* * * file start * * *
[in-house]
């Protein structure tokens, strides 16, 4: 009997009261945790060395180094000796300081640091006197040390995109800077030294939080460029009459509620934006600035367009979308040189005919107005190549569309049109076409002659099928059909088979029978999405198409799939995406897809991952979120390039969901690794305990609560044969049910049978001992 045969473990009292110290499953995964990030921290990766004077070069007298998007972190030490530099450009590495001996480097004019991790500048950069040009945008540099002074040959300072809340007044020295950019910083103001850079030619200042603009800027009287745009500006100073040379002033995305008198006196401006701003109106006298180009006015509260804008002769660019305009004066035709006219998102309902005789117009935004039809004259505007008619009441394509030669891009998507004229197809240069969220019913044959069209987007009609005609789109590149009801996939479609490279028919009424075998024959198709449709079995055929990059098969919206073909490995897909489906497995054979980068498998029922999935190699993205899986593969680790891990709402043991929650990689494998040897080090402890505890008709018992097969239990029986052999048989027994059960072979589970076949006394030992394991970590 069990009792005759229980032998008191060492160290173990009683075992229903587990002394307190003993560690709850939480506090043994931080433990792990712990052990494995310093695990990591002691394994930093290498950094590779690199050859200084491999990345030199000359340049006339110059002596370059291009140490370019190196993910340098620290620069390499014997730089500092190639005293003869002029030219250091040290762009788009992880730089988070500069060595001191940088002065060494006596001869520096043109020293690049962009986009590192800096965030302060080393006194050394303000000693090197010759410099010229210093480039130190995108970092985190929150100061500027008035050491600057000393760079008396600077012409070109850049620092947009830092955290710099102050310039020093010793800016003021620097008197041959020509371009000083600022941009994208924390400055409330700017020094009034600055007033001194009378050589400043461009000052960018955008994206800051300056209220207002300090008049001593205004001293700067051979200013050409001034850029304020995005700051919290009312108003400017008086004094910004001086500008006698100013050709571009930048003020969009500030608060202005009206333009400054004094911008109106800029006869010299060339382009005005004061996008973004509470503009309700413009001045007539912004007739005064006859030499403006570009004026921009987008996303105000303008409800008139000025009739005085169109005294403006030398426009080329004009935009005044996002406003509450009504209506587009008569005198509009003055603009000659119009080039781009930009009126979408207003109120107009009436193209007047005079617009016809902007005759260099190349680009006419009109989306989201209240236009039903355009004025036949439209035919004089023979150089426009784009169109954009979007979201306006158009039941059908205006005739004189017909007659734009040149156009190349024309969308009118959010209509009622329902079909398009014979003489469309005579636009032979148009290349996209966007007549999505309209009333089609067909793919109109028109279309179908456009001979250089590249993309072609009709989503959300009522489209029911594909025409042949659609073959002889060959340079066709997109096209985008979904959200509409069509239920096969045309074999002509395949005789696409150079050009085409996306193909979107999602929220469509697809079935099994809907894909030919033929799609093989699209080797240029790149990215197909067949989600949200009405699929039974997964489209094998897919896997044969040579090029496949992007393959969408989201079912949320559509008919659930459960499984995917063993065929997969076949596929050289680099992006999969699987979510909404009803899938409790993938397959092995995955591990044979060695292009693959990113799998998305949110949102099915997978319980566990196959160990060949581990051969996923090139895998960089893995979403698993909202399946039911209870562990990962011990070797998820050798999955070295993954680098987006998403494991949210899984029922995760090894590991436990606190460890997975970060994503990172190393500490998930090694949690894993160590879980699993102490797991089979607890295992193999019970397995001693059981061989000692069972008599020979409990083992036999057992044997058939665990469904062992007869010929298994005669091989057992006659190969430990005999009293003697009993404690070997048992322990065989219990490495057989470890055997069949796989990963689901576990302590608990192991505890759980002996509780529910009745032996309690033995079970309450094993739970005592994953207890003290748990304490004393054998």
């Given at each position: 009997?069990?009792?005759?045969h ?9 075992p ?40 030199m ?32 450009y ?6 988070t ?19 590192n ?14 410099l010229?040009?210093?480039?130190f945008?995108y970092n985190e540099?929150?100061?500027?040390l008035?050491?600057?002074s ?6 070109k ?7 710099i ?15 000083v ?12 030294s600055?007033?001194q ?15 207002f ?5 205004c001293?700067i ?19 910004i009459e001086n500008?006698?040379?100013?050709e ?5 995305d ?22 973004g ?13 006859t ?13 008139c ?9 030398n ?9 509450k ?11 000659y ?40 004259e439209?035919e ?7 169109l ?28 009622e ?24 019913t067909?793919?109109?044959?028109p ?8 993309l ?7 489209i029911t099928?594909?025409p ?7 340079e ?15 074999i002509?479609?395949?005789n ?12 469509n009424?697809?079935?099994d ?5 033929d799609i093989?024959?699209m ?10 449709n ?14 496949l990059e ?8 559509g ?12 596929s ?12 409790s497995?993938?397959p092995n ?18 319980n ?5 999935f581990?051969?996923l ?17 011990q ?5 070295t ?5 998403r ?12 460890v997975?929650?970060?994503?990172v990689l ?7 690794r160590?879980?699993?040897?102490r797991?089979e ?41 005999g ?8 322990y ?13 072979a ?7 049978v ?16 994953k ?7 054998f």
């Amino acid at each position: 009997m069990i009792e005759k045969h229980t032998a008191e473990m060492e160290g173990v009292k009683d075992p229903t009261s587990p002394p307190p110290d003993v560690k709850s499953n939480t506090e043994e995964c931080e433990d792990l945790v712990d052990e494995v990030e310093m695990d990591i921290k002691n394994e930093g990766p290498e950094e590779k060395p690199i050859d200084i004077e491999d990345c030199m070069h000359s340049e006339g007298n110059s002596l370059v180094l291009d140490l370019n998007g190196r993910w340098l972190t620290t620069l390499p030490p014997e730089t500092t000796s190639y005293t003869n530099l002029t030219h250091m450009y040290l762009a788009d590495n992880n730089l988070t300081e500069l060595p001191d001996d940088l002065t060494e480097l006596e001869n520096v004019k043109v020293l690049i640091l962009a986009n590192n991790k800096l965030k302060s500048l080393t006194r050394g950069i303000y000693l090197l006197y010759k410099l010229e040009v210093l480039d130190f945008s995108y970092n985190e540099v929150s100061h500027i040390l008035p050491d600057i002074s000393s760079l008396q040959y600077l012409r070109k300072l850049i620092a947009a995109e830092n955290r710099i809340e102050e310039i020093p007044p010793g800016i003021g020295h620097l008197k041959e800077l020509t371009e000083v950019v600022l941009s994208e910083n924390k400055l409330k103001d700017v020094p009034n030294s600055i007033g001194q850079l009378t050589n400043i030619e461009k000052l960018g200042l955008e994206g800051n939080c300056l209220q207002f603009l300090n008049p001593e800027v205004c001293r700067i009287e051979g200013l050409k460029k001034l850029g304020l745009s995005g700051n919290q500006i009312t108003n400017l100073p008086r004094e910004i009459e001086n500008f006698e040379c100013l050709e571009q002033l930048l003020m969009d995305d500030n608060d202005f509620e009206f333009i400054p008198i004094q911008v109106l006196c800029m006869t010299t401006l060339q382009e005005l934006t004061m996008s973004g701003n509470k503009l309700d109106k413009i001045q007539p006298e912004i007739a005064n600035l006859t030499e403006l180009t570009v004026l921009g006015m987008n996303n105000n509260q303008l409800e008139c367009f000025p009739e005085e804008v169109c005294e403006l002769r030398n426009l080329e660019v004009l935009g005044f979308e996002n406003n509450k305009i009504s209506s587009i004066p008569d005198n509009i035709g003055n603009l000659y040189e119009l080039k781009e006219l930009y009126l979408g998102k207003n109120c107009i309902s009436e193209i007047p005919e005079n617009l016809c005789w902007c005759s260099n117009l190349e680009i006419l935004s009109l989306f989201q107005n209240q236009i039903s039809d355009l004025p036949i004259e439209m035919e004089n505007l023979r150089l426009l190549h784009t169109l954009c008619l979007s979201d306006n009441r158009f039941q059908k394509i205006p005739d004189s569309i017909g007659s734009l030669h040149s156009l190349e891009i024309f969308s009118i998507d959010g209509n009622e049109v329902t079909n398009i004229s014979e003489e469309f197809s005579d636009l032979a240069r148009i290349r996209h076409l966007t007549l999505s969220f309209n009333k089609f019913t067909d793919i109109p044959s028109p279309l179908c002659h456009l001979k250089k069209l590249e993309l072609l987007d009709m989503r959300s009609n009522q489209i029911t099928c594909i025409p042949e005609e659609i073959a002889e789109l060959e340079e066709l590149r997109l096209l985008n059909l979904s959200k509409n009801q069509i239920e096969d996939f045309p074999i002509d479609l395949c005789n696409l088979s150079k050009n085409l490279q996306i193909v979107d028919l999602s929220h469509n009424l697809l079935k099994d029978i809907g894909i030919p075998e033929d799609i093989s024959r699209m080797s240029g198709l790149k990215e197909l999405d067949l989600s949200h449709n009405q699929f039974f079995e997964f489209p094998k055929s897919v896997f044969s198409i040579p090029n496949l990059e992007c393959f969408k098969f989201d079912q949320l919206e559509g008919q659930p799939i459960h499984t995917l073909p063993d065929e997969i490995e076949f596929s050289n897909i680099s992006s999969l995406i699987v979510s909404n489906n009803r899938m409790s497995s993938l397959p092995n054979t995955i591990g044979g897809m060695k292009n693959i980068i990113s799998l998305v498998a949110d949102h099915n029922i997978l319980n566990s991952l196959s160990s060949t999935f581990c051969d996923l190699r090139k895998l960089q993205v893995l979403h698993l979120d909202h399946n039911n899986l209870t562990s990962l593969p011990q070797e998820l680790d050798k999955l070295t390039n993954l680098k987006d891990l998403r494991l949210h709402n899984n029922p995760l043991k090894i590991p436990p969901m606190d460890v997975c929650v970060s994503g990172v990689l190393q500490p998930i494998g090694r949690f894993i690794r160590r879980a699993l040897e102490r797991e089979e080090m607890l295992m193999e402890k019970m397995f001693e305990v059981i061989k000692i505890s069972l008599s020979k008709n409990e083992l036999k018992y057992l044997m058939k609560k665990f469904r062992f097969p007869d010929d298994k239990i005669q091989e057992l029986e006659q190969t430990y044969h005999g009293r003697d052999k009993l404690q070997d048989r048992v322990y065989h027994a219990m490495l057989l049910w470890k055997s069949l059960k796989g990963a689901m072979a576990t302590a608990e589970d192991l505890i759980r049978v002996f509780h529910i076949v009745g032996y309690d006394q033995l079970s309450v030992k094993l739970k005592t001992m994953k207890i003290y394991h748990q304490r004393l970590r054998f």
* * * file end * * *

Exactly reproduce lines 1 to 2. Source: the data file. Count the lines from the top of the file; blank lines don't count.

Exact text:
[in-house]
């Protein structure tokens, strides 16, 4: 009997009261945790060395180094000796300081640091006197040390995109800077030294939080460029009459509620934006600035367009979308040189005919107005190549569309049109076409002659099928059909088979029978999405198409799939995406897809991952979120390039969901690794305990609560044969049910049978001992 045969473990009292110290499953995964990030921290990766004077070069007298998007972190030490530099450009590495001996480097004019991790500048950069040009945008540099002074040959300072809340007044020295950019910083103001850079030619200042603009800027009287745009500006100073040379002033995305008198006196401006701003109106006298180009006015509260804008002769660019305009004066035709006219998102309902005789117009935004039809004259505007008619009441394509030669891009998507004229197809240069969220019913044959069209987007009609005609789109590149009801996939479609490279028919009424075998024959198709449709079995055929990059098969919206073909490995897909489906497995054979980068498998029922999935190699993205899986593969680790891990709402043991929650990689494998040897080090402890505890008709018992097969239990029986052999048989027994059960072979589970076949006394030992394991970590 069990009792005759229980032998008191060492160290173990009683075992229903587990002394307190003993560690709850939480506090043994931080433990792990712990052990494995310093695990990591002691394994930093290498950094590779690199050859200084491999990345030199000359340049006339110059002596370059291009140490370019190196993910340098620290620069390499014997730089500092190639005293003869002029030219250091040290762009788009992880730089988070500069060595001191940088002065060494006596001869520096043109020293690049962009986009590192800096965030302060080393006194050394303000000693090197010759410099010229210093480039130190995108970092985190929150100061500027008035050491600057000393760079008396600077012409070109850049620092947009830092955290710099102050310039020093010793800016003021620097008197041959020509371009000083600022941009994208924390400055409330700017020094009034600055007033001194009378050589400043461009000052960018955008994206800051300056209220207002300090008049001593205004001293700067051979200013050409001034850029304020995005700051919290009312108003400017008086004094910004001086500008006698100013050709571009930048003020969009500030608060202005009206333009400054004094911008109106800029006869010299060339382009005005004061996008973004509470503009309700413009001045007539912004007739005064006859030499403006570009004026921009987008996303105000303008409800008139000025009739005085169109005294403006030398426009080329004009935009005044996002406003509450009504209506587009008569005198509009003055603009000659119009080039781009930009009126979408207003109120107009009436193209007047005079617009016809902007005759260099190349680009006419009109989306989201209240236009039903355009004025036949439209035919004089023979150089426009784009169109954009979007979201306006158009039941059908205006005739004189017909007659734009040149156009190349024309969308009118959010209509009622329902079909398009014979003489469309005579636009032979148009290349996209966007007549999505309209009333089609067909793919109109028109279309179908456009001979250089590249993309072609009709989503959300009522489209029911594909025409042949659609073959002889060959340079066709997109096209985008979904959200509409069509239920096969045309074999002509395949005789696409150079050009085409996306193909979107999602929220469509697809079935099994809907894909030919033929799609093989699209080797240029790149990215197909067949989600949200009405699929039974997964489209094998897919896997044969040579090029496949992007393959969408989201079912949320559509008919659930459960499984995917063993065929997969076949596929050289680099992006999969699987979510909404009803899938409790993938397959092995995955591990044979060695292009693959990113799998998305949110949102099915997978319980566990196959160990060949581990051969996923090139895998960089893995979403698993909202399946039911209870562990990962011990070797998820050798999955070295993954680098987006998403494991949210899984029922995760090894590991436990606190460890997975970060994503990172190393500490998930090694949690894993160590879980699993102490797991089979607890295992193999019970397995001693059981061989000692069972008599020979409990083992036999057992044997058939665990469904062992007869010929298994005669091989057992006659190969430990005999009293003697009993404690070997048992322990065989219990490495057989470890055997069949796989990963689901576990302590608990192991505890759980002996509780529910009745032996309690033995079970309450094993739970005592994953207890003290748990304490004393054998």